Incorporating Cereal Rye Into a No-Till Corn/Soybean Rotation For Erosion Reduction and Possible Grazing Use
The 2015 growing season was challenging for Missouri farmers. These challenges included delayed crop planting and hay harvest, yield loss from nitrogen loss and dry fall followed by extreme rain events in November and December. The fall of 2015 allowed for the establishment of four sites of cereal rye. Three of these sites are corn stalks going to soybeans in 2016 and one site in soybean stubble going to corn in 2016.
Evaluate cereal rye for forage quality
Measure crop yield with and without the cereal rye cover crop.
Share results with producers and agency personnel.
Due to cooperator collaboration Extension staff were able to collect an additional year of cereal rye and corn yield data. Two fields following soybeans were established in cereal rye the fall of 2014, field 1 by interseeding the first week of September and field 2 by broadcast seeding the last week of October. The following is the forage analysis of the two fields the middle of April with field 1 having about one ton (16 in. ht.) of dry matter and field 2 about ½ ton (8 in. ht.).
As with other cool season grasses, the cereal rye forage value decreased with increased dry matter production.
Both fields were planted April 17 and experienced extreme rainfall events with field 1 experiencing more stress from excessive moisture due to its level topography, while field tow with a 3-4% slope provided surface water drainage, with less stress to the corn crop. Both fields experienced the same nitrogen management. Holland Scientific sensor data collection was conducted on field 1 June 29, one month after sidedress to measure possible nitrogen stress caused by cereal rye and high rain fall amounts. Due to weather and staff available only field 1 was measured, but field 1 did show significant nitrogen loss/needs between the treatments. One month after sidedress application the plots with no cereal rye cover crop were showing a need for an additional 71 lbs. of nitrogen with the cereal rye plots needing an additional 172 lbs. this additional application amounts was not made in order to see if these readings translated to a yield difference between treatments. Corn yield of the two sites was similar to many parts of Missouri with fields having good surface drainage (field 2) outyielding level fields (field 1) significantly. Field 2 yield was 183 bu.ac. with no cereal rye and 179 bu.ac. with cereal rye. Additionally field 1 cereal rye dry matter was approximately two times that of field 2. Yield results show significant yield loss in the cereal rye plots of field 1 with the no cereal rye plots yielding 113. bu./ac. and the cereal rye plots yielding 82 bu./ac/, with no significant difference between treatments of field 2.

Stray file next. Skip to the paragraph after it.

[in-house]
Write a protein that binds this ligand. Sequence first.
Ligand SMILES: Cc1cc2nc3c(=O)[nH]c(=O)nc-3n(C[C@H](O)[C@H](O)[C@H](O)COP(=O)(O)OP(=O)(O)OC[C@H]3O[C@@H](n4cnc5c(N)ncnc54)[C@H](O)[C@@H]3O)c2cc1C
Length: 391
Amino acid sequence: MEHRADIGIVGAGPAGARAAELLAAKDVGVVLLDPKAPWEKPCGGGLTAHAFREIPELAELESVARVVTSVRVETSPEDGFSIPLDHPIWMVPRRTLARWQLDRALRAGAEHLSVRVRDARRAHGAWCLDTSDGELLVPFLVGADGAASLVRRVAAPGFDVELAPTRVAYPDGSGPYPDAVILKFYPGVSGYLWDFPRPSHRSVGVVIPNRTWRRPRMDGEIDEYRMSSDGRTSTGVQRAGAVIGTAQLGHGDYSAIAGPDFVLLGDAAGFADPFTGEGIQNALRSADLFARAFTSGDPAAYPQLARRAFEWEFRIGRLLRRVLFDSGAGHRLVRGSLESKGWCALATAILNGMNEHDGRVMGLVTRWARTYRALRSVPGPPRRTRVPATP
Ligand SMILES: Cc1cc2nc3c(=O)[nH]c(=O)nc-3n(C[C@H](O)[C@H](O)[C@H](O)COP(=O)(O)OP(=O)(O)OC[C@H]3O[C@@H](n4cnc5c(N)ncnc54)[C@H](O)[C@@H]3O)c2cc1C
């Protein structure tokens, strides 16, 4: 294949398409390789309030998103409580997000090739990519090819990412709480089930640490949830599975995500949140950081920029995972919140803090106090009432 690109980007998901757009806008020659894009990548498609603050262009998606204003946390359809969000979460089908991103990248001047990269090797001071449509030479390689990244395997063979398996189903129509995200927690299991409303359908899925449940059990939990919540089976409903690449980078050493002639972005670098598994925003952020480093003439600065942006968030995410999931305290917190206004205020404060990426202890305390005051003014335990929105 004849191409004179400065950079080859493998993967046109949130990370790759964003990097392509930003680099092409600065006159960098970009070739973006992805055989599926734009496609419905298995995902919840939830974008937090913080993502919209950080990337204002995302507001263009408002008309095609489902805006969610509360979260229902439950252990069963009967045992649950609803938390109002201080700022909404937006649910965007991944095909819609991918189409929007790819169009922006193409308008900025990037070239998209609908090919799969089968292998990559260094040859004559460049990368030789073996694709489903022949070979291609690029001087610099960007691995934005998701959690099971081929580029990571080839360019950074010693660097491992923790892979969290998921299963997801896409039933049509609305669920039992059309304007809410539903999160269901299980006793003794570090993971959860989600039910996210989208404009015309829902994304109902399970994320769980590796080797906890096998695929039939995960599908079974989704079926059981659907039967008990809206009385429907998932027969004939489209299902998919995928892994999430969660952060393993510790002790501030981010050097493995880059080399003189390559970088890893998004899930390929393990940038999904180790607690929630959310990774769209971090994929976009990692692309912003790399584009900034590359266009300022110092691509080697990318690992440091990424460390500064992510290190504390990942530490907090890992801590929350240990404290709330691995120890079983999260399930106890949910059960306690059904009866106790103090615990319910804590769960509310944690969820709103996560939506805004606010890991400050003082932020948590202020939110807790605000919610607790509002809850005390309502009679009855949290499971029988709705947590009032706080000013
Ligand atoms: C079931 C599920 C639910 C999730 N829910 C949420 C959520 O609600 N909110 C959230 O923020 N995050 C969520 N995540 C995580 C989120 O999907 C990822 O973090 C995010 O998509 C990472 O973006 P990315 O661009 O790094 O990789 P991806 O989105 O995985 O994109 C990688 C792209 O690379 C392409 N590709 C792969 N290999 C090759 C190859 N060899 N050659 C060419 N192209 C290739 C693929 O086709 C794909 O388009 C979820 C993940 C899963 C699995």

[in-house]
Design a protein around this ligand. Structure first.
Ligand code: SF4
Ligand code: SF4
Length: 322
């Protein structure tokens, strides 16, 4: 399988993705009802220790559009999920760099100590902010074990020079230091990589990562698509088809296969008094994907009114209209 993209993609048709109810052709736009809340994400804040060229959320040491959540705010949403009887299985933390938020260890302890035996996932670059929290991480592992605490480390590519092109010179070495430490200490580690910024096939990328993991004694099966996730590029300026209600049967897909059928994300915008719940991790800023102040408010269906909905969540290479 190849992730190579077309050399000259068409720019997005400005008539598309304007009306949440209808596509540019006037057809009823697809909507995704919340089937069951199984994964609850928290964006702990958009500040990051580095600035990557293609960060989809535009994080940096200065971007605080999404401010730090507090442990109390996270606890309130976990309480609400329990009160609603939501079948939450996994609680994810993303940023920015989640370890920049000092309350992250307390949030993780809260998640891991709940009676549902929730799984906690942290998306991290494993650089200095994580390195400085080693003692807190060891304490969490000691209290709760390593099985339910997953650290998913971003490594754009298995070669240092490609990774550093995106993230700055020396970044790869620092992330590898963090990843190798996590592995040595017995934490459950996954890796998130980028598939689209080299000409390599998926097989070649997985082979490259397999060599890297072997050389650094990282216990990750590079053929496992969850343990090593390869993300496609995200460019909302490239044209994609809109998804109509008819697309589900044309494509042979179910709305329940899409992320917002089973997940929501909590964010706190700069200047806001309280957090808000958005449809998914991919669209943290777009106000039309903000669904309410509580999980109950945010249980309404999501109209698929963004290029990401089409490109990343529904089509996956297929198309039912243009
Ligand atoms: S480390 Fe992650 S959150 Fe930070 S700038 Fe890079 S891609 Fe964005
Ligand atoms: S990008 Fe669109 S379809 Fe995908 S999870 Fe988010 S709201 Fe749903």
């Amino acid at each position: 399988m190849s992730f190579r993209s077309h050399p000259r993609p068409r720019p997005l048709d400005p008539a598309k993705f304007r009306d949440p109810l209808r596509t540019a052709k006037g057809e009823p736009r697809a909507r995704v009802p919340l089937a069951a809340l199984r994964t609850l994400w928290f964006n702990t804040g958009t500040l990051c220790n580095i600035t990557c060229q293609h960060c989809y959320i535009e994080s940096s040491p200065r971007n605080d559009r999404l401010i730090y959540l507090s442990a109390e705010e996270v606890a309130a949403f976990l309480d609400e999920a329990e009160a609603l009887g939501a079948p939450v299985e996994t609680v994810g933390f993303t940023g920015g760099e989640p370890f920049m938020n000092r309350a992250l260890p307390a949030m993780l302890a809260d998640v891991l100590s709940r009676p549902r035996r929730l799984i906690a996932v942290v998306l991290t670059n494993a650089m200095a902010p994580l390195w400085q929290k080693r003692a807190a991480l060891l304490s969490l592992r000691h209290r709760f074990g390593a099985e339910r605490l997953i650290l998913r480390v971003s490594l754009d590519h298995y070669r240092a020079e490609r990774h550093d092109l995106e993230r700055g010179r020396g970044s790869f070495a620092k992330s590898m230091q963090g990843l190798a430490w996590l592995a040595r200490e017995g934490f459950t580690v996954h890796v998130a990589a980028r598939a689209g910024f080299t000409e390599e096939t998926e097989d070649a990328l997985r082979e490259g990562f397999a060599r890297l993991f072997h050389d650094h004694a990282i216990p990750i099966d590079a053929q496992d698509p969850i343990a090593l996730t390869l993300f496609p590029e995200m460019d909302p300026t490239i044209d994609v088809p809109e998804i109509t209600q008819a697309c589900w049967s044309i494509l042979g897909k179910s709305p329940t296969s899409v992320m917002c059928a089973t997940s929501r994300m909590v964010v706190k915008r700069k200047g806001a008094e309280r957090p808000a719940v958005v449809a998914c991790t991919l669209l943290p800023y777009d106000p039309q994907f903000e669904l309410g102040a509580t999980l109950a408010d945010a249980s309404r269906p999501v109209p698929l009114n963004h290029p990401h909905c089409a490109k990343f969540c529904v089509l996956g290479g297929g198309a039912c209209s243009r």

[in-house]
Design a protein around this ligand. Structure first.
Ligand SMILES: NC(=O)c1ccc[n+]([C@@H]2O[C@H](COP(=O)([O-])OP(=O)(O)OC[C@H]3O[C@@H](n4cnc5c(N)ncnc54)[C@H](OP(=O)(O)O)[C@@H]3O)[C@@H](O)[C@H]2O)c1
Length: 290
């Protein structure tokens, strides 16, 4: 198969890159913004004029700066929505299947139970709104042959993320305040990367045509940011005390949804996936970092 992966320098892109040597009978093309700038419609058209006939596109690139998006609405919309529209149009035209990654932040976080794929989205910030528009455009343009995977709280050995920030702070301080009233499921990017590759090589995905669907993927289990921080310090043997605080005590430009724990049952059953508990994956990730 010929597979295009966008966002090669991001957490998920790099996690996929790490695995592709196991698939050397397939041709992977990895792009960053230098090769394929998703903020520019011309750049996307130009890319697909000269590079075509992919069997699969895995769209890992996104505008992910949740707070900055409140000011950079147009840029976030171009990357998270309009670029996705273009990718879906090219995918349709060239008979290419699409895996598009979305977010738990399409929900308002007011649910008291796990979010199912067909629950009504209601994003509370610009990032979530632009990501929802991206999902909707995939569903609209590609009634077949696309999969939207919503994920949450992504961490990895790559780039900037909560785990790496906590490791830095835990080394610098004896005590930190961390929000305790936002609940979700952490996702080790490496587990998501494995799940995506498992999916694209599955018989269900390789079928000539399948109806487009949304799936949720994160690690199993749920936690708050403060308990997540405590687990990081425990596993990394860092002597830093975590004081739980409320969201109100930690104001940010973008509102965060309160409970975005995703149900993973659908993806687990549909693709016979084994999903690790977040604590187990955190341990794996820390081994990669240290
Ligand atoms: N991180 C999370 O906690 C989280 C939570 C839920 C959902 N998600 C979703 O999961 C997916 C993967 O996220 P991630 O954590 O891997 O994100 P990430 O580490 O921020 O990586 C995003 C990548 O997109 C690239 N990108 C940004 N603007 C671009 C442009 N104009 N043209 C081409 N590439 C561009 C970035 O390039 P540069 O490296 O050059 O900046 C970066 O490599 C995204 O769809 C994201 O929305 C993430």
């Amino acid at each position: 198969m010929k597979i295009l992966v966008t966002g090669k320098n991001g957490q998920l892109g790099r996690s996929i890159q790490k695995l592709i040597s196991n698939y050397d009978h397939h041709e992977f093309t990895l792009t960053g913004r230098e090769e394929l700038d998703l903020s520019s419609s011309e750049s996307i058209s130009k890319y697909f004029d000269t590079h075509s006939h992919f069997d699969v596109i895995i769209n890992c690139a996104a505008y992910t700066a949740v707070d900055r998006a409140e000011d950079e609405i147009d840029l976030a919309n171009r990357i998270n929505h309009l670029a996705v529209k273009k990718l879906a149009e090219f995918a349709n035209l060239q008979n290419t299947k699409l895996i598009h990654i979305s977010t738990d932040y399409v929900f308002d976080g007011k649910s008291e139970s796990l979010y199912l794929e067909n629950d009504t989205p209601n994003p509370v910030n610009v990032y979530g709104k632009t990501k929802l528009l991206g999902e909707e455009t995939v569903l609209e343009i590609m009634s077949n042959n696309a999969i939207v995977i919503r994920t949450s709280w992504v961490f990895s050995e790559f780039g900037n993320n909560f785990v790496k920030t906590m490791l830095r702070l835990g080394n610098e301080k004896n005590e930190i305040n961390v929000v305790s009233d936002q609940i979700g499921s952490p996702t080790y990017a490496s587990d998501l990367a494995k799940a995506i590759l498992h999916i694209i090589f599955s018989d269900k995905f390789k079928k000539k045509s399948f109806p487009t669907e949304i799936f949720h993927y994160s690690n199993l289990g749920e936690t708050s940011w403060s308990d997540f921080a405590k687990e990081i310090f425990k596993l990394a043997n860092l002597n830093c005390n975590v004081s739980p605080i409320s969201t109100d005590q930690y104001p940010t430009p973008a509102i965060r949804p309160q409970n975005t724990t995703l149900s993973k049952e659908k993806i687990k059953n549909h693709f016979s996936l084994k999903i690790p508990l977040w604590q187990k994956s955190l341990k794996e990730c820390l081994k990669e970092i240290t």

Impacts and Contributions/Outcomes
Education and outreach activities focused primarily on three events. A collaborative field day with the Lincoln County SWCD and Elsberry Plant Materials Center attracted 78 attendees. People attending were from an 18 county Missouri area in addition to Illinois and Iowa. Topics covered at the field day included:
• Corn after cereal rye cover crop yield results.
• Grazing of cover crops.
• Inter seeding cover crops using a Hagie.
• Seeding date and its effect on cover crop growth.
• Varietal differences of cover crops.
• Determining cover crop economic benefits.
Evaluations from the field day show:
• 100% have corn and soybeans in their rotations.
• Producers will travel considerable distance to attend.
• Producers are still using cover crops on experimental small acreages.
• Interest is increasing in grazing cover crops.
• Producers like the use of seeing demonstrations and large field use.
University of Missouri Extension field staff and state specialists provided a professional opportunity for staff and other interested agency personnel to see new research and results from incorporating cover crops into crop rotations. This in service was attended by 32 Extension, agency and private industry people. Topics discussed included grain yield response, cover crops as a wee suppressant, using cover crops to reduce soil erosion, termination of cover crops and using cover crops to benefit wildlife. Discussion among researchers, agency and service provider employees was useful for potential future research needs.
The first year results were also presented at the annual meeting of the Midwest Cover Crop Council meeting in Madison WI. This meeting was attended by over 100 people from the North Central States and Ontario, with discussion and thoughts on the meaning of the first year’s results and management strategies for 2016.
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